-10F is in the forecast for this weekend. I'll keep everyone updated on how it performs.

Answered by NLehto
Posted Thu, 01/20/2011 - 18:33

17.
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Ed: Their are numerous mini-split manufacturers......I believe the 2 most spoken about and I'm interested in for near future are fujitsu and mitsubishi. I've yet to hear bad about them when used in. say,a tighter built home, but surely can be used in most any app. Be careful when discussing around old school HVAC folks......they'll try to talk you into old tech!!! The 2 to 3 COP is what makes it comparable to other fuels, and in many cases is an easier/cheaper install than the others!
Steve

Answered by steven bumpus
Posted Fri, 01/21/2011 - 07:58

18.
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I live in Fargo, ND and have used the Mitsubishi mr slim for 2 years now with a 2300 sq foot house ... no problems in the winter when temperatures reach -30 below with a -65 below windchill... my electric bills run me about $80 in the summer and $250 in the winter.

Answered by Anonymous
Posted Mon, 01/31/2011 - 14:45

19.
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Anonymous what model Mitsubishi are you using, and what are the specs on your house?

Answered by NLehto
Posted Mon, 01/31/2011 - 19:33

20.
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Heat pump effectiveness depends on the local utility costs, local climate, system controls and installation. I have owned several homes with heat pumps. The unit with my last home had poor defrost logic and was located in a very humid climate. That unit became a block of ice when it was cold outside. Because my backup heat was natural gas I did not use the heat pump in the winter with that unit.

You should be aware a heat pump will not put out air as warm as other heating systems. Mine runs about 95 F at the register outlet.

My current unit is a Ruud heat pump with demand defrost logic. This works much better than the older Trane unit that I had in the past. I was also able to adjust the demand logic to use even less electricity, but still defrost the unit well.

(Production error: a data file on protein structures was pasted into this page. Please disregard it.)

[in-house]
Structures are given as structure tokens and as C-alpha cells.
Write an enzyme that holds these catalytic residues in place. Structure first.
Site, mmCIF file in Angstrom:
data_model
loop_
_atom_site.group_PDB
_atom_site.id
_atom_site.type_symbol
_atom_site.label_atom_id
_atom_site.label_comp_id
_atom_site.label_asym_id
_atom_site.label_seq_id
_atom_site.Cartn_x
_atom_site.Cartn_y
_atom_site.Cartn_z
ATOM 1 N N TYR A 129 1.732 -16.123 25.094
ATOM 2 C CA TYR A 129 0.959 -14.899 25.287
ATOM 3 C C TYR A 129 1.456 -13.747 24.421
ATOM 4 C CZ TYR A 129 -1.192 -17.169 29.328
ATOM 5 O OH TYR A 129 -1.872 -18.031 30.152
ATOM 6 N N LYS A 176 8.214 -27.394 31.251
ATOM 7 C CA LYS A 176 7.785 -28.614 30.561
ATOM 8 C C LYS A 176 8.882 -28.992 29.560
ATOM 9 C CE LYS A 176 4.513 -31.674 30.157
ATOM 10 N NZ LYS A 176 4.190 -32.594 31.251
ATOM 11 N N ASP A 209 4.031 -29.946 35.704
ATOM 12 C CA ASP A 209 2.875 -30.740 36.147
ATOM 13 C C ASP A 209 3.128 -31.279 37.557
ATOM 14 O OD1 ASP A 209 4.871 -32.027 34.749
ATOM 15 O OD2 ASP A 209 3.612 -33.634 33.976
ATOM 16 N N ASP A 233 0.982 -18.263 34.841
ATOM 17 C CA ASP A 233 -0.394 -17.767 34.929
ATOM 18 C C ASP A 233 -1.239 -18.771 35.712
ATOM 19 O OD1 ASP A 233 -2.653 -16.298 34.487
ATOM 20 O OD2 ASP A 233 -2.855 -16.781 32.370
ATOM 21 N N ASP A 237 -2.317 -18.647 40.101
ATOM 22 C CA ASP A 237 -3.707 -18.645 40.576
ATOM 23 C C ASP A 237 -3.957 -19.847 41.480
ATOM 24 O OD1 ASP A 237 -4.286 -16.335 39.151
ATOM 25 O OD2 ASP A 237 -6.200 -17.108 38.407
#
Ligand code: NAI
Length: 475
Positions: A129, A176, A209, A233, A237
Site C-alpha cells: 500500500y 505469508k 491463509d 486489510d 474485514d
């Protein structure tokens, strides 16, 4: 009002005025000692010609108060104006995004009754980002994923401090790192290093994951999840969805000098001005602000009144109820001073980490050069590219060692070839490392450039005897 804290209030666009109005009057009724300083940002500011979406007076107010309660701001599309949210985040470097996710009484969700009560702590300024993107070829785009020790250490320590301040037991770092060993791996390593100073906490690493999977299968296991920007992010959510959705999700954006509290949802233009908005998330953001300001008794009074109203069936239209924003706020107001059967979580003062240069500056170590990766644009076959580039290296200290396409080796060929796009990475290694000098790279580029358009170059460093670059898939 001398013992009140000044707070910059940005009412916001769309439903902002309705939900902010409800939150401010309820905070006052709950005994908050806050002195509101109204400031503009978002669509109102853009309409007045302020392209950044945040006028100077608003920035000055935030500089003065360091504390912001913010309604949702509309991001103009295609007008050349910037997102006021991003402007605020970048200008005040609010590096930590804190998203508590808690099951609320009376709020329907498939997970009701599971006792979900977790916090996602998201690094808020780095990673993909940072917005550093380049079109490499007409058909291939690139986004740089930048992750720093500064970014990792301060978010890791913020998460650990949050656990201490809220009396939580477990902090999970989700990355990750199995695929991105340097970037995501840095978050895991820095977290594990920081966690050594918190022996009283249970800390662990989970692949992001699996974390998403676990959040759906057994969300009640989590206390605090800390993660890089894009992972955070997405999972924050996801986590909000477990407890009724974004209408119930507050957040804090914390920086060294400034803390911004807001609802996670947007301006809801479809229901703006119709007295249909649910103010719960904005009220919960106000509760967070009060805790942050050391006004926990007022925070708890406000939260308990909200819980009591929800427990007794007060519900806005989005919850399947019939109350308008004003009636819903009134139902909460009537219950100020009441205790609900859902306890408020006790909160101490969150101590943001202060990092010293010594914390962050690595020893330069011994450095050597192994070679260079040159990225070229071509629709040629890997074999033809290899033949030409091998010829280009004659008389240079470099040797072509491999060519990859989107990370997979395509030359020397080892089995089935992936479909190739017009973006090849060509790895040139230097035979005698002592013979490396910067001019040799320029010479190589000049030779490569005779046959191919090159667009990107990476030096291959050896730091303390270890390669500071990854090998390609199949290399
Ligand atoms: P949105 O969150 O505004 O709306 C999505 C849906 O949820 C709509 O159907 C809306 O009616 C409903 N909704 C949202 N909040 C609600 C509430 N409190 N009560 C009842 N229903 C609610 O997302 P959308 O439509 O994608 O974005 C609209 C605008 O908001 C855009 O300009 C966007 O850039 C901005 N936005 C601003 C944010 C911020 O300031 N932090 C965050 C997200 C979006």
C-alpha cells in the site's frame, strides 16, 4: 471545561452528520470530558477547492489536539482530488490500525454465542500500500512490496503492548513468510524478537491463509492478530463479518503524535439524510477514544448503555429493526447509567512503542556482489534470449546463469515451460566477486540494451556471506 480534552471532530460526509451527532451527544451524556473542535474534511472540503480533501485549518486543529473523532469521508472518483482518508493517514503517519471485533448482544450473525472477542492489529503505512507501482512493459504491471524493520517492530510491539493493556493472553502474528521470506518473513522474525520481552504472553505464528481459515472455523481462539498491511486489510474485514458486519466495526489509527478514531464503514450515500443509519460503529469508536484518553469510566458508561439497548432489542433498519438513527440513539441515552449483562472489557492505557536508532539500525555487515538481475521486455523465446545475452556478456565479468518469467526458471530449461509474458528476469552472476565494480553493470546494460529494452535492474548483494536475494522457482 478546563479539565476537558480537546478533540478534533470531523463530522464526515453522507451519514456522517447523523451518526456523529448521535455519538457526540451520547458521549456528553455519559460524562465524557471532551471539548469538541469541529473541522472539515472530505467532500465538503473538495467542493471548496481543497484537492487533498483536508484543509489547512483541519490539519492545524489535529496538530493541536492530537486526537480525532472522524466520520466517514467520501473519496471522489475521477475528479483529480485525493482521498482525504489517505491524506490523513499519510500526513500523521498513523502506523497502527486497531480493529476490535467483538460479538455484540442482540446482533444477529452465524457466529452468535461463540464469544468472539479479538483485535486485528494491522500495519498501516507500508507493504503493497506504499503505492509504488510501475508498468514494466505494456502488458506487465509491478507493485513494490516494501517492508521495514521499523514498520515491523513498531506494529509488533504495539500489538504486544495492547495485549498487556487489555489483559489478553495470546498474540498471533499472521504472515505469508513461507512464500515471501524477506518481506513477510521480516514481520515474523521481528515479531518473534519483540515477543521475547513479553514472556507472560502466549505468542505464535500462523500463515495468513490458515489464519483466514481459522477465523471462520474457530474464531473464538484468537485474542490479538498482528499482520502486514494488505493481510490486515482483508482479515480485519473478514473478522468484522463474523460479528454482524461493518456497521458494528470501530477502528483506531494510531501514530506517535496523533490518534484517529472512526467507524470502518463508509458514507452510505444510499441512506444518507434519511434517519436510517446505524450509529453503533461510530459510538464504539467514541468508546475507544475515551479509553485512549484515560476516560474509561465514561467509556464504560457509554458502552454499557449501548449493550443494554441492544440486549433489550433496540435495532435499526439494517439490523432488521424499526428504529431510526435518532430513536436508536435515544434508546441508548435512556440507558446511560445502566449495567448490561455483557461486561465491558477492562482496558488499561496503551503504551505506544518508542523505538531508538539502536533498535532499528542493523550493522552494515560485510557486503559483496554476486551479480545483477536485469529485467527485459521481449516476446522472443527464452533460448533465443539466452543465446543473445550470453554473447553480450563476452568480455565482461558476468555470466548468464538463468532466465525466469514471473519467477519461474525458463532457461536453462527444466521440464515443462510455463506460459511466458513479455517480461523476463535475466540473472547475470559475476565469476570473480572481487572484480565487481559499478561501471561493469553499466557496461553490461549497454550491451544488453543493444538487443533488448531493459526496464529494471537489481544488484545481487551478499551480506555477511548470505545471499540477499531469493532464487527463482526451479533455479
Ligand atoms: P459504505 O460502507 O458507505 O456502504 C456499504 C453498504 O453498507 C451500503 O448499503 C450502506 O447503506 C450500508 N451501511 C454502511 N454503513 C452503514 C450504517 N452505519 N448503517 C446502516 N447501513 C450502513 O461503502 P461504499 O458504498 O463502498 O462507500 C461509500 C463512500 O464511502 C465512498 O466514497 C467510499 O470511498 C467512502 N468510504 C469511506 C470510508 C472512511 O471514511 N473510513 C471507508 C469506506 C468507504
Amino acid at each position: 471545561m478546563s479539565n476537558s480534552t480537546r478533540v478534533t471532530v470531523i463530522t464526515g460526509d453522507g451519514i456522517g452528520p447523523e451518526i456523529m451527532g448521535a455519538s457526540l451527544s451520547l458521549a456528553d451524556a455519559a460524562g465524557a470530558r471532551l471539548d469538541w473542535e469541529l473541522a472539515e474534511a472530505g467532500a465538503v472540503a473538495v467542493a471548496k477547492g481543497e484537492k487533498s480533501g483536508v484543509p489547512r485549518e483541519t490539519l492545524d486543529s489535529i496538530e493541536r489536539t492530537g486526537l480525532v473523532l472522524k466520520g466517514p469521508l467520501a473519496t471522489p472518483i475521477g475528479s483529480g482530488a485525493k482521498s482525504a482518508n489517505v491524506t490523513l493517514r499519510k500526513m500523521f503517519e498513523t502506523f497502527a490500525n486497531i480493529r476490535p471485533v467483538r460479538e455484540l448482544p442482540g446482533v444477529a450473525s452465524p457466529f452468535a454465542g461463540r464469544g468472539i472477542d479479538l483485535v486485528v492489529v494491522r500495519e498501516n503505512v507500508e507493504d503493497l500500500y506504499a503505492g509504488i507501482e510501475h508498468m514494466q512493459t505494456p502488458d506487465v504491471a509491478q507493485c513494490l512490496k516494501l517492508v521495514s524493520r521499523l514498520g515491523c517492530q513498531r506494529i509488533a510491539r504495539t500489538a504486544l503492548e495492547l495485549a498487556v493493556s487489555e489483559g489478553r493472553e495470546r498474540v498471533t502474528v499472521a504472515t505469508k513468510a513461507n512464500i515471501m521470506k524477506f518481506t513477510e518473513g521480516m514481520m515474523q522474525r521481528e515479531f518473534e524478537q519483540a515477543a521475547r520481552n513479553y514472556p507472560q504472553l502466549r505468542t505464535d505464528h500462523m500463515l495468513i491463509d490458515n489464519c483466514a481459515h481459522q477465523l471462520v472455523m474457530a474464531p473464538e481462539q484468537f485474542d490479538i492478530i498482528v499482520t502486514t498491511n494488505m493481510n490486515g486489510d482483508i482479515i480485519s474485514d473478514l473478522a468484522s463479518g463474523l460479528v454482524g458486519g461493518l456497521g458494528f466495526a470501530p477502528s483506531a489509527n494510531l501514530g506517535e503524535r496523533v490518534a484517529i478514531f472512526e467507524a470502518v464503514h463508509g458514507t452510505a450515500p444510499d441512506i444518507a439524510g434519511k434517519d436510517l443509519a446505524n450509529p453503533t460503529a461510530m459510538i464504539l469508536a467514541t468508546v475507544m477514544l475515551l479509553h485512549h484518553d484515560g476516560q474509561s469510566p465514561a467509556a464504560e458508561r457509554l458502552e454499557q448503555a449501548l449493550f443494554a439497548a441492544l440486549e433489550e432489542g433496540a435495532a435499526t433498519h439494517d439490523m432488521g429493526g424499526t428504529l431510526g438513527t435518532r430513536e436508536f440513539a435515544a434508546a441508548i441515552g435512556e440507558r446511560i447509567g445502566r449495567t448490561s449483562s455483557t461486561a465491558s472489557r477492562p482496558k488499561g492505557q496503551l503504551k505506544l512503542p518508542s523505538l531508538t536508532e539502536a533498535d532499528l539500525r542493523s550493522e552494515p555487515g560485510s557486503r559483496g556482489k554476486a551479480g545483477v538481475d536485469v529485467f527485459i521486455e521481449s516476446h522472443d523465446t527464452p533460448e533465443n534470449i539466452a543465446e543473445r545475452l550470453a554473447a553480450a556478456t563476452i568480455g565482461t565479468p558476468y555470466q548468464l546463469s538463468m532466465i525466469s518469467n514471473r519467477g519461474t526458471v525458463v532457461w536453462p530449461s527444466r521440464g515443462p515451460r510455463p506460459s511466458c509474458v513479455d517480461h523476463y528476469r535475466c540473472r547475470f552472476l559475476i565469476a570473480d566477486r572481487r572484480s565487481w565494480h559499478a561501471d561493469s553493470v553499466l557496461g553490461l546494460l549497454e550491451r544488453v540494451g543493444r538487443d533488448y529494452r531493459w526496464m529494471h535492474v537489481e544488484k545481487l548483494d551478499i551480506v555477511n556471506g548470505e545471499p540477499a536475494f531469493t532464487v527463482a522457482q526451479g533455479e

My current home is all electric and natural gas is not available in this market. I live in central Missouri. My home is 3300 sq. ft. and currently uses a maximum of 2200 KWh total a month in the winter.

I was able to improve the system performance as originally installed by 35% by managing the strip heating better by doing the following. I added an outside temperature sensor and replaced the White and Rodgers thermostat with a Honeywell IAQ thermostat. The Honeywell unit is much better at managing the strip heat and maintaining a more even temperature in the home. I have set my system to run no more than twice an hour to prevent the heat pump from cycling on and off and not operating as efficiently. I also determined my system will operate well to 5 F outside temperature. The compressor will not operate below -5 F because of a low pressure limit on the compressor. I have set the thermostat to allow the heat pump to run from 5 F and higher. The strip heat is locked out at 35 F and higher.

I am very happy with the performance of this unit in a climate that has about 5000 heating degree days a year and minimum outside temperatures around -10 F.

I would be very careful about purchasing units like the Hallowell Acadia which is now bankrupt. The benefits of these units was overstated in their marketing materials. I would not purchase anything that did not have extensive local support.

Answered by Jeff Meier
Posted Tue, 02/07/2012 - 10:32
Edited Tue, 02/07/2012 - 10:40.

21.
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Jeff, fantastic post. But I bet you are one of a kind. You need to write a book with your custom set up knowledge. The problem to me with heat pumps is the missing advanced technical knowledge that you seem to have. I bet no residential heat pump techs near me could ever tweak a system as you describe. Never.

You should be helping OEMs regionally customize heat pump packages so they set up right out of the box, as well as you say your system is set up.
Email me if you would. Ajbuildernyatgmaildotcom

Answered by aj builder, Upstate NY Zone 6a
Posted Tue, 02/07/2012 - 12:11
Edited Tue, 02/07/2012 - 12:16.

22.
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Thanks for bumping this up AJ. It would be nice if other HP users share their experience in here too.

Answered by Jesse Lizer
Posted Tue, 02/07/2012 - 15:01

23.
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Is anyone familiar firsthand with the cold/heat pumps made by Sanyo? I'm interested in putting one into a small, well-insulated home to be built later this year, and specifically as a source of A/C and back-up heat. Sanyo makes a 11,900 Btu cool/heat pump ductless split that's Energy Star certified. The specs claim it will work at a minimum outdoor air intake temp of 0°F. I'm curious to hear just how accurate this is and how effectively it works when it gets this cold outside. Any ideas?